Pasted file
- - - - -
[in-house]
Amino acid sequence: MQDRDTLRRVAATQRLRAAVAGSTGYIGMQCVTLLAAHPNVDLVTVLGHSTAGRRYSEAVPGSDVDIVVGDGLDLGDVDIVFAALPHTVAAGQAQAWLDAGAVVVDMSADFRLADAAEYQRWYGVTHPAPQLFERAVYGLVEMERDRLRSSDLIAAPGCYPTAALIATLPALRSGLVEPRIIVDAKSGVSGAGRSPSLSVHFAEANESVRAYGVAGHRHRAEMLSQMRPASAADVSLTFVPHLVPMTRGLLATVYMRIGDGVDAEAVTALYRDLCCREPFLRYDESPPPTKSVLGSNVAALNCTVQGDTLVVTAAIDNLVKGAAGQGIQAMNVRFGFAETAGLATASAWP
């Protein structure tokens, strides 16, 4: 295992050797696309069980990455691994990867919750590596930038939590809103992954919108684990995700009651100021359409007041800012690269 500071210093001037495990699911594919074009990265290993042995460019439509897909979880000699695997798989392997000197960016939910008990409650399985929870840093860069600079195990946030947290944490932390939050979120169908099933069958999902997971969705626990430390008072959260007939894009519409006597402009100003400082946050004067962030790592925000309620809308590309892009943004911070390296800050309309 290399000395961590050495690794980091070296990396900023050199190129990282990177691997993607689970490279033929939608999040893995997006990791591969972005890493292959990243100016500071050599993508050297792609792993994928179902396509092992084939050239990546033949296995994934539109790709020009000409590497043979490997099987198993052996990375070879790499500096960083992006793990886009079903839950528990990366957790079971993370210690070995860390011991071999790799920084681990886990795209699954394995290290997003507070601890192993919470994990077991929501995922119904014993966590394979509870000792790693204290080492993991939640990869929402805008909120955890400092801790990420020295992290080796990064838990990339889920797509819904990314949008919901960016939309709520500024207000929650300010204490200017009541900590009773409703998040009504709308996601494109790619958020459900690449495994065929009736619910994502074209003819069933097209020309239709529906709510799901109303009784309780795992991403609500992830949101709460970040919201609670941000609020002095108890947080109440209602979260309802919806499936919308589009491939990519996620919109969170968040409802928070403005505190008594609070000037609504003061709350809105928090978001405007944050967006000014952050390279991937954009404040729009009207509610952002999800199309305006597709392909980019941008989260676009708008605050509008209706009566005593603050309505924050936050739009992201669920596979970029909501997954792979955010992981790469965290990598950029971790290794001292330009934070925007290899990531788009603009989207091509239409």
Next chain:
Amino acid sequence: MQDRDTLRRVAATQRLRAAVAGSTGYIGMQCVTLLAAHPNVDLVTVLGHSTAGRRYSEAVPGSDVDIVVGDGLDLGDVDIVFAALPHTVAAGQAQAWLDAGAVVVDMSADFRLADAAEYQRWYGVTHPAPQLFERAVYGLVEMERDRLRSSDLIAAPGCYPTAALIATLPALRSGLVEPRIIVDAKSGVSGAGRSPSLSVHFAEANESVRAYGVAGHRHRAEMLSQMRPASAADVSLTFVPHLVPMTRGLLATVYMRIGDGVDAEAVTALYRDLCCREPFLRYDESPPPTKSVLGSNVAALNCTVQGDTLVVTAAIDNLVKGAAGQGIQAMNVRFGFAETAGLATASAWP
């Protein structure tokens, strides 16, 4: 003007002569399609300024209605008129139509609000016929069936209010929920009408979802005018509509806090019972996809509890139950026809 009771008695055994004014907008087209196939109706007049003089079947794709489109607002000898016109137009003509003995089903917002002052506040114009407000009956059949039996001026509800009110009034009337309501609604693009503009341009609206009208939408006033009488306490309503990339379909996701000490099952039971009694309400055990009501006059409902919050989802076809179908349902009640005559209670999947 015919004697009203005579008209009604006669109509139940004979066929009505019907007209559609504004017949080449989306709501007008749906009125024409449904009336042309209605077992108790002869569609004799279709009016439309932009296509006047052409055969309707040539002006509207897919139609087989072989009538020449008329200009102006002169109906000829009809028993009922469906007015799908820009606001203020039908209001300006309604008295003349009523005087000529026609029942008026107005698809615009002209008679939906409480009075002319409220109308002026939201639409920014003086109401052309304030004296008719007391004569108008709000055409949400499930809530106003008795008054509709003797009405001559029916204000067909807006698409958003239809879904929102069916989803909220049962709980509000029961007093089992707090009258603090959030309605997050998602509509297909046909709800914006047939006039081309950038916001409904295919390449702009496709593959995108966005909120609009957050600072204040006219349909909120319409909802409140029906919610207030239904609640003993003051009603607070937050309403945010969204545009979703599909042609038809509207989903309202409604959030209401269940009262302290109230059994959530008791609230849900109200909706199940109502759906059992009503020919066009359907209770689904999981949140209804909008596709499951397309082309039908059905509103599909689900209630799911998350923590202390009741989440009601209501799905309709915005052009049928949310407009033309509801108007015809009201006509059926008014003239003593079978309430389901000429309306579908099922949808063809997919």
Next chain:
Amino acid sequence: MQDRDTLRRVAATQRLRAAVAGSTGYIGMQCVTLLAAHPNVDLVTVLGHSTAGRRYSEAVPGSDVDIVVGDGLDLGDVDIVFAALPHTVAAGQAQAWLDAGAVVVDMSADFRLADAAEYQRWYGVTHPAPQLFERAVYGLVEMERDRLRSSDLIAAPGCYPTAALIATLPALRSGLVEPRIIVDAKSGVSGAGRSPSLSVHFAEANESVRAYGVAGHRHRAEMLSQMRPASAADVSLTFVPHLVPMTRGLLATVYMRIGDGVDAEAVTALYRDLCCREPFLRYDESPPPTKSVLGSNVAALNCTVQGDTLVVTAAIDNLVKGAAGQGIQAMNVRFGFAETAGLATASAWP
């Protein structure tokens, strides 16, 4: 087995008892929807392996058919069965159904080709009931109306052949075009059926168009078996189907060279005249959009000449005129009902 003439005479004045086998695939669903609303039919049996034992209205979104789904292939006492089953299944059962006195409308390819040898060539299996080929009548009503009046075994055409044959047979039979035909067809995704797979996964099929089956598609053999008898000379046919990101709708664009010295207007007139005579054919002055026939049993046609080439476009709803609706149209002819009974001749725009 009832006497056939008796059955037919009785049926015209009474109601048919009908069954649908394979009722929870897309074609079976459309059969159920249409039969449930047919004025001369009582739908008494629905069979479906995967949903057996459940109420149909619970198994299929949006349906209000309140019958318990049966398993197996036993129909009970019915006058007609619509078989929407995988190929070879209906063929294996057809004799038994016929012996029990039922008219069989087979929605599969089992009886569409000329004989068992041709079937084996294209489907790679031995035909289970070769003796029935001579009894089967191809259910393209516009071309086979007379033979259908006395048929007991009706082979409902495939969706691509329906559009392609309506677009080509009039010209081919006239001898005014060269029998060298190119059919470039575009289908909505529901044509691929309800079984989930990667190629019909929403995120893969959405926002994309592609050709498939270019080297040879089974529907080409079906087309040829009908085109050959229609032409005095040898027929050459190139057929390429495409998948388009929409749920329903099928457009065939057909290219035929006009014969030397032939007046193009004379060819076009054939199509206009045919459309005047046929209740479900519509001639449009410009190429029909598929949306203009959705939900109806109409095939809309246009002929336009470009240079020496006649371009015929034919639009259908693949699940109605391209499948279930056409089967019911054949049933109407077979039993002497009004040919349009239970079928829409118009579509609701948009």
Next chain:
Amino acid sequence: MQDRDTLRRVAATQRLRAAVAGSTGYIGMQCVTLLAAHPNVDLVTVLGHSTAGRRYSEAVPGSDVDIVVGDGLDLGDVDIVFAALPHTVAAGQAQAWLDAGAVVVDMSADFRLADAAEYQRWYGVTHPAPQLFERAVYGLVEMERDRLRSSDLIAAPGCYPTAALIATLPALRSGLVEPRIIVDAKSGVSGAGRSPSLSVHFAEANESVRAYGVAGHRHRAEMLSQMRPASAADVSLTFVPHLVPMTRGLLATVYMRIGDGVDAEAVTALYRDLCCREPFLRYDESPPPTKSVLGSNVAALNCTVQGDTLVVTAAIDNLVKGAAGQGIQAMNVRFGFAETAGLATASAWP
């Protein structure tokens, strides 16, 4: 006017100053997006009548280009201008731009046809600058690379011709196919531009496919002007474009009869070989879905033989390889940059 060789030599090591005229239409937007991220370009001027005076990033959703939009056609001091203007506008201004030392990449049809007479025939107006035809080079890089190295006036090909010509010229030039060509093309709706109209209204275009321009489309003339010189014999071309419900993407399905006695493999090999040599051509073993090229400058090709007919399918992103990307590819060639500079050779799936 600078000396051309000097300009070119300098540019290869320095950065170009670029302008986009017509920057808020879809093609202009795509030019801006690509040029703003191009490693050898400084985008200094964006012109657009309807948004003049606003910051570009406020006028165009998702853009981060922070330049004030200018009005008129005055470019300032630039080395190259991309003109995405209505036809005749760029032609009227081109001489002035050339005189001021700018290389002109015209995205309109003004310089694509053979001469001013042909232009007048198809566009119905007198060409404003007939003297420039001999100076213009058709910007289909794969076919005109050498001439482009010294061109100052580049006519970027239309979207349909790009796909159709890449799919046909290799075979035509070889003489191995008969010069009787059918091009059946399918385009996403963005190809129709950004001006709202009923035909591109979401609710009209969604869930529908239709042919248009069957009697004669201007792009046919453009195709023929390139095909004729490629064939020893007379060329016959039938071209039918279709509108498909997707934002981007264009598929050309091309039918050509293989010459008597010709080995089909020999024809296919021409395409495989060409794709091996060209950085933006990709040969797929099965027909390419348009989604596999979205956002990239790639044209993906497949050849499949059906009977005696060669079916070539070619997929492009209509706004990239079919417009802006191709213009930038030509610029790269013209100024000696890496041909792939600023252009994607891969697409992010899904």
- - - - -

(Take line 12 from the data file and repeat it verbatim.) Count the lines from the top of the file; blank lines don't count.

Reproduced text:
């Protein structure tokens, strides 16, 4: 006017100053997006009548280009201008731009046809600058690379011709196919531009496919002007474009009869070989879905033989390889940059 060789030599090591005229239409937007991220370009001027005076990033959703939009056609001091203007506008201004030392990449049809007479025939107006035809080079890089190295006036090909010509010229030039060509093309709706109209209204275009321009489309003339010189014999071309419900993407399905006695493999090999040599051509073993090229400058090709007919399918992103990307590819060639500079050779799936 600078000396051309000097300009070119300098540019290869320095950065170009670029302008986009017509920057808020879809093609202009795509030019801006690509040029703003191009490693050898400084985008200094964006012109657009309807948004003049606003910051570009406020006028165009998702853009981060922070330049004030200018009005008129005055470019300032630039080395190259991309003109995405209505036809005749760029032609009227081109001489002035050339005189001021700018290389002109015209995205309109003004310089694509053979001469001013042909232009007048198809566009119905007198060409404003007939003297420039001999100076213009058709910007289909794969076919005109050498001439482009010294061109100052580049006519970027239309979207349909790009796909159709890449799919046909290799075979035509070889003489191995008969010069009787059918091009059946399918385009996403963005190809129709950004001006709202009923035909591109979401609710009209969604869930529908239709042919248009069957009697004669201007792009046919453009195709023929390139095909004729490629064939020893007379060329016959039938071209039918279709509108498909997707934002981007264009598929050309091309039918050509293989010459008597010709080995089909020999024809296919021409395409495989060409794709091996060209950085933006990709040969797929099965027909390419348009989604596999979205956002990239790639044209993906497949050849499949059906009977005696060669079916070539070619997929492009209509706004990239079919417009802006191709213009930038030509610029790269013209100024000696890496041909792939600023252009994607891969697409992010899904």